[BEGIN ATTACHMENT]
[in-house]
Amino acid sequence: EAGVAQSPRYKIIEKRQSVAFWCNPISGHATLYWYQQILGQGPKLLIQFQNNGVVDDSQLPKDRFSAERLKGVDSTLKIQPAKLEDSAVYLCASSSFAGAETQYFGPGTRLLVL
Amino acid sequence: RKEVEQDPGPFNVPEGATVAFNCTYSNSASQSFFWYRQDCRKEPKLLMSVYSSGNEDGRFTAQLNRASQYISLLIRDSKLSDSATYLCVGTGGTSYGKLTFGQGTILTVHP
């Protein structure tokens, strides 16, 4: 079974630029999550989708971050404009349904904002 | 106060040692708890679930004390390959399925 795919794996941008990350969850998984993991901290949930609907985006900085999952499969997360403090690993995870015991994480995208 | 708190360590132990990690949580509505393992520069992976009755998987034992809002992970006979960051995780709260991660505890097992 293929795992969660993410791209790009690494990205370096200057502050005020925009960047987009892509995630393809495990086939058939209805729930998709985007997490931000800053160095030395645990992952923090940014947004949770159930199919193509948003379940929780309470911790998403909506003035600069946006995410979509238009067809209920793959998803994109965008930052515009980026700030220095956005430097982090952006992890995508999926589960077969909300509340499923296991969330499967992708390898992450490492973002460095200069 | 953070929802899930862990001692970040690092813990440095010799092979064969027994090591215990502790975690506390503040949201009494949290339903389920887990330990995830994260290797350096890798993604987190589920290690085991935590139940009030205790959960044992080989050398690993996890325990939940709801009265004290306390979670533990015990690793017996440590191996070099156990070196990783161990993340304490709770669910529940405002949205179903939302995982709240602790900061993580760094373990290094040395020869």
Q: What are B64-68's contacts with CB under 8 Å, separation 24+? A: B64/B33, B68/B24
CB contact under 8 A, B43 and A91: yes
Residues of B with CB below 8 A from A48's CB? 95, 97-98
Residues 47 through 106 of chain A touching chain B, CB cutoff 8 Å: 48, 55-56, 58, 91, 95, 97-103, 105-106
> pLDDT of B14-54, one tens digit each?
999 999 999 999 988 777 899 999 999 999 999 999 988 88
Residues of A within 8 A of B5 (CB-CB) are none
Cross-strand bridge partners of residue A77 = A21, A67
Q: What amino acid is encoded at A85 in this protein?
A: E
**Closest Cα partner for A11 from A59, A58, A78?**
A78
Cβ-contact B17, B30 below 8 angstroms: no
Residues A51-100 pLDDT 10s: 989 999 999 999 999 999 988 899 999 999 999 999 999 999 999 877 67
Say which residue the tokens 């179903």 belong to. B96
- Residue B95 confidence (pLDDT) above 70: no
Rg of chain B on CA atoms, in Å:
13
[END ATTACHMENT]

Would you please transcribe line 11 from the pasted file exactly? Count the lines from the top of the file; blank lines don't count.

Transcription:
Residues of A within 8 A of B5 (CB-CB) are none